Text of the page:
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Written by Brother Chalmers Izett Paton in 1871. This is one of his many works on Freemasonry that attempts to "Explode the Theory" that Freemasonry derives its existence from the year 1717.
.....Many worthy brethren have been offended on account of the discredit done to the Masonic Order by the assertion, which is now often and confidently made, that the whole system of Freemasonry is of very recent origin — some saying that it was invented by Elias Ashmole and a few of his learned and ingenious friends in the seventeenth century, — others, more numerous, that it derives existence from the year 1717, and was devised, promulgated, and palmed upon the world by Dr Desaguliers, Dr Anderson, and others, who then founded the Grand Lodge of England. Some of these brethren have asked me, as a brother believed to take a deep interest in every question of this kind, and supposed to have opportunity for investigation, to bestow a little attention upon this subject — to inquire what grounds there are for the Ashmole theory, and what for the 1717 theory — or if they are not both utterly groundless. I have gladly endeavored to comply with their request, and hope the result may be satisfactory to them. I feel convinced that the proof which is set forth is sufficient, and the argument conclusive, and this is all — or almost all — that I care for in the matter. I have a strong desire to see the honor of our Order maintained, and to contribute my own part in every way possible to the maintaining of it; and I believe nothing can be more contrary to it than the supposition that Freemasonry is of recent origin. For, if it were so, it would be liable to be regarded not merely as an invention of men of talent, which might be good, but, of necessity, as an imposture, which in no case can be imagined to be good. When we consider how Freemasonry was presented to public notice in England, after the foundation of the Grand Lodge in 1717, we must feel ourselves constrained either to Acknowledge that Dr Desaguliers, Dr Anderson, and their coadjutors, were honest men doing a work which they believed to be good, or to set them down as a set of the most consummate rascals that ever imposed upon mankind, and yet with no motive for their imposture. No motive has ever been assigned or suggested. The case is one which needs to be plainly stated, and which the supporters of the 1717 theory must meet in the plainest statement of it. To maintain the honor or excellence of Freemasonry, and at the same time to maintain its base origin, is ridiculous. Looking to the characters of Dr. Desaguliers and Dr. Anderson, it seems impossible to doubt their thorough honesty and integrity. This of itself is a powerful argument; but another equally powerful is to be found in the character of the system which they did so much to promote in England and in the world — a system of high and pure morality. But I must not further anticipate, in the preface, the argument of the pamphlet itself, which I now respectfully commend to the attention of the members of the Masonic brotherhood.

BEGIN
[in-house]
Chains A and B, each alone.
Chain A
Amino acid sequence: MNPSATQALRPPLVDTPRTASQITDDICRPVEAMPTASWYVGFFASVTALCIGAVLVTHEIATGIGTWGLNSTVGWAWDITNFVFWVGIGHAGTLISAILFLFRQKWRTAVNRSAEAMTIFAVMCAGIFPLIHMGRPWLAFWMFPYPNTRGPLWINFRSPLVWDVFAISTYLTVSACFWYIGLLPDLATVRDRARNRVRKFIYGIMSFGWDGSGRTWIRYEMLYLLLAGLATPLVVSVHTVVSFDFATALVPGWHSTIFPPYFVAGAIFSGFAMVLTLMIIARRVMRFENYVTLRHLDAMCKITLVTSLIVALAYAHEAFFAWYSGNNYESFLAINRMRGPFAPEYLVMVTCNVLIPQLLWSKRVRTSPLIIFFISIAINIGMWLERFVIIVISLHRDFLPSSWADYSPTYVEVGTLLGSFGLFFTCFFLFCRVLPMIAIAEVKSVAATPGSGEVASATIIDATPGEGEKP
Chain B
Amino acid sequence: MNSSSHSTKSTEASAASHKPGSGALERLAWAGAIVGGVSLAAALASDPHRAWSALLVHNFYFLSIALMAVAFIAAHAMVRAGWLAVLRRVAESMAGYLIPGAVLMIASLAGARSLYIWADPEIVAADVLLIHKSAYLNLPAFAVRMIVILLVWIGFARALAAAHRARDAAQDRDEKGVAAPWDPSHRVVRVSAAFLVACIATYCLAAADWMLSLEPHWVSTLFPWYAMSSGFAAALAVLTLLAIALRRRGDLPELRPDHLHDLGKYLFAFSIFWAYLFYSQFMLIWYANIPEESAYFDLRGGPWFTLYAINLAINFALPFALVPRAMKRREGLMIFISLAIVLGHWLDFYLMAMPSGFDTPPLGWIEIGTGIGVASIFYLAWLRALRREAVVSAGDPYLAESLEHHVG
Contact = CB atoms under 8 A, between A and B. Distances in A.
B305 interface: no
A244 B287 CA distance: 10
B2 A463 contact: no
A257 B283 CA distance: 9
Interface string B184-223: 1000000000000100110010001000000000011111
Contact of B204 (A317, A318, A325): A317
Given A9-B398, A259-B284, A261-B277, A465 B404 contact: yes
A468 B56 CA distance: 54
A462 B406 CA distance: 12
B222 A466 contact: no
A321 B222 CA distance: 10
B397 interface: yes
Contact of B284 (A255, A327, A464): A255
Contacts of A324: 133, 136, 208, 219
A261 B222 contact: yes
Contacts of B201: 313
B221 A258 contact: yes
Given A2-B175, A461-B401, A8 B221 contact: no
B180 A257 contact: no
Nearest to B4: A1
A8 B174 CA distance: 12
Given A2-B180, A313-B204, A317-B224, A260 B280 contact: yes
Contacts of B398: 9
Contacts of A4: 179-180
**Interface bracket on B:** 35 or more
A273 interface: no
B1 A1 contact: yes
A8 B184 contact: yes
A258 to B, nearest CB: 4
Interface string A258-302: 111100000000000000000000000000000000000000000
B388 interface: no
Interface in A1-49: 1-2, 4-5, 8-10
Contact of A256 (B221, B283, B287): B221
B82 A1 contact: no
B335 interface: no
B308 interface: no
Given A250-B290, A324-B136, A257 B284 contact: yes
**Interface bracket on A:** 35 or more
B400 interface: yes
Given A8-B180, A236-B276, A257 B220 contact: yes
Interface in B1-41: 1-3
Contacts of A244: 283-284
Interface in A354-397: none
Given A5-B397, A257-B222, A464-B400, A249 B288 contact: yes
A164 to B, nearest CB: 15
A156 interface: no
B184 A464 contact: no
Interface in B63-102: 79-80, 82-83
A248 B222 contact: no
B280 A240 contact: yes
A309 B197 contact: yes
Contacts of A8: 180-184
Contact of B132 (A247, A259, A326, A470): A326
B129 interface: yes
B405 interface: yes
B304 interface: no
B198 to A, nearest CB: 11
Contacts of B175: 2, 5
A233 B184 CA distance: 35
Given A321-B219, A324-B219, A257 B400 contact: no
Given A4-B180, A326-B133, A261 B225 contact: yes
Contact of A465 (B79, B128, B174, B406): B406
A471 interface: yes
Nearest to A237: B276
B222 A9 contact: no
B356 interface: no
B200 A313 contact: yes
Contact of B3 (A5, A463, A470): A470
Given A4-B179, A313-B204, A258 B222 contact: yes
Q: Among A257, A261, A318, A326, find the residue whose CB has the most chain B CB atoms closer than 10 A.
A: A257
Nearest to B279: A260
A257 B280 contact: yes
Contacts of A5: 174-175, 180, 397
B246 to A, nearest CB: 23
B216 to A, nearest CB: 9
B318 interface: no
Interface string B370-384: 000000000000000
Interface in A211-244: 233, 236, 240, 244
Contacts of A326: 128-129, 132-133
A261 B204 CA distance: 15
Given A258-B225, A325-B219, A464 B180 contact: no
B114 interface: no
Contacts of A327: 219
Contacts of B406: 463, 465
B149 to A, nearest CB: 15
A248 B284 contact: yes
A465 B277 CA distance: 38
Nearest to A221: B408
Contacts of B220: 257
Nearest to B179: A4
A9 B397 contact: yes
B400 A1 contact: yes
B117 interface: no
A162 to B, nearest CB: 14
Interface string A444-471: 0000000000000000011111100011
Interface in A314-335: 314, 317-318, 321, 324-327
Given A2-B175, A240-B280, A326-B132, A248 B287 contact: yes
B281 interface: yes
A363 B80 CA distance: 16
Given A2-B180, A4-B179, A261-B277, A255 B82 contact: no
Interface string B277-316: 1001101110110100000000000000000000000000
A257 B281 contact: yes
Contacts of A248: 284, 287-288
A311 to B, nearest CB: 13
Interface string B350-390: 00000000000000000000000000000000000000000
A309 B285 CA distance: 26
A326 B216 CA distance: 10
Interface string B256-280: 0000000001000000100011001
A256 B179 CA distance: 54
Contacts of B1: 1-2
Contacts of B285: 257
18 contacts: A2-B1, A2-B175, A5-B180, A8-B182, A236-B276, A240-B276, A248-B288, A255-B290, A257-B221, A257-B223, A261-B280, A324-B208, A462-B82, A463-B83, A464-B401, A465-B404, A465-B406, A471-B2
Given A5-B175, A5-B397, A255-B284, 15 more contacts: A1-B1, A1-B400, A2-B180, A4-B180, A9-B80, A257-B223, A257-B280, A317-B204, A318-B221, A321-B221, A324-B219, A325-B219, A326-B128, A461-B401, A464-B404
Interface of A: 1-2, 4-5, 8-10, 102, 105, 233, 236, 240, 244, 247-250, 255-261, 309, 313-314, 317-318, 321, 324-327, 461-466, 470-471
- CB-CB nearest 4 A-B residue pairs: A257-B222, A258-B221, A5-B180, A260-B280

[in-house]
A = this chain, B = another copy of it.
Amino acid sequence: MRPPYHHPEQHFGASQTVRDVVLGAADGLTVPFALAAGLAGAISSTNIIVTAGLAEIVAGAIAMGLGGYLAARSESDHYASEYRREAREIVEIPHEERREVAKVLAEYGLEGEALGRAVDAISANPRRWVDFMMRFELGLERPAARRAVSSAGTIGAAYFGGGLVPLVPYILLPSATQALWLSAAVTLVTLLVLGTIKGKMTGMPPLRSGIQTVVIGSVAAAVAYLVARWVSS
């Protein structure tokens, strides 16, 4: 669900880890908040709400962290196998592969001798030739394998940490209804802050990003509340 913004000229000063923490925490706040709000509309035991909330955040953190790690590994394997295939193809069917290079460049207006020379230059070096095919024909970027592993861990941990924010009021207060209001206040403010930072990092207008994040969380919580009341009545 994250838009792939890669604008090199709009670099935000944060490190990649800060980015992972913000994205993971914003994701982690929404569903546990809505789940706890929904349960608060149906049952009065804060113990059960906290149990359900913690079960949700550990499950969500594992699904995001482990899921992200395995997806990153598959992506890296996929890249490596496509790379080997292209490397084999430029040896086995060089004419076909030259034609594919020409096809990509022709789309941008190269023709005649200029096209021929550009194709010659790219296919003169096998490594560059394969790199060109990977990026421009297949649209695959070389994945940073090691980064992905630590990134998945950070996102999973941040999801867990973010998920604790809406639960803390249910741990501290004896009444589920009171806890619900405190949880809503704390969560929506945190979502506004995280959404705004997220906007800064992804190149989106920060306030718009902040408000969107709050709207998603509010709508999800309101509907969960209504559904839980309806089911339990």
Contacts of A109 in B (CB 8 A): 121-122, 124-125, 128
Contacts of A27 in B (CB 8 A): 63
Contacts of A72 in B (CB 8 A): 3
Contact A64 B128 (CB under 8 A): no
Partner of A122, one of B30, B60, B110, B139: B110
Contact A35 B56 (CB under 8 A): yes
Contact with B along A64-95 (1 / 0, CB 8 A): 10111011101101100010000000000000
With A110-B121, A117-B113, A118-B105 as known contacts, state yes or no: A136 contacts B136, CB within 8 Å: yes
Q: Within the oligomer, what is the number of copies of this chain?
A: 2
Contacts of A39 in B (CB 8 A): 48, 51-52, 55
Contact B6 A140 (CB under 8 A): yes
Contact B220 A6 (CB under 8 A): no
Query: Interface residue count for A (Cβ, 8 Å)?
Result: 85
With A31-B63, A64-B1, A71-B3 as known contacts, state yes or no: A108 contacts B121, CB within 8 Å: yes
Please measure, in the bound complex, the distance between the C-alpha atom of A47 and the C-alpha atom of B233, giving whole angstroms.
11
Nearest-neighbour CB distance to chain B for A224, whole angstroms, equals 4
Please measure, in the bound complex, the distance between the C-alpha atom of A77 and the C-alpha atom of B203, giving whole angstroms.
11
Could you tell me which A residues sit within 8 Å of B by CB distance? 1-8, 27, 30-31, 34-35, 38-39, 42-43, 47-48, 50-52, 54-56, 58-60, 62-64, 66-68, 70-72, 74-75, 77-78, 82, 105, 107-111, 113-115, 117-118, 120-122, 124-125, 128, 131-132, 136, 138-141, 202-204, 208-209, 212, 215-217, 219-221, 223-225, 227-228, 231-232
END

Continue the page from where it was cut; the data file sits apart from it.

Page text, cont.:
......The purpose for which the present pamphlet is designed is merely to show that the theory which ascribes the origin of modern Freemasonry to the year 1717 is untenable. This, it is hoped, has been accomplished—first, by evidence of the existence of a system essentially the same in the seventeenth century; and, secondly, by evidence of antiquity much beyond this. Enough, however, has been said to show the high probability of a very ancient origin of Freemasonry, and of the existence of a system in very ancient times essentially the same with that which exists at the present day. Enough has certainly been said to warrant the assertion that the 1717 theory is exploded.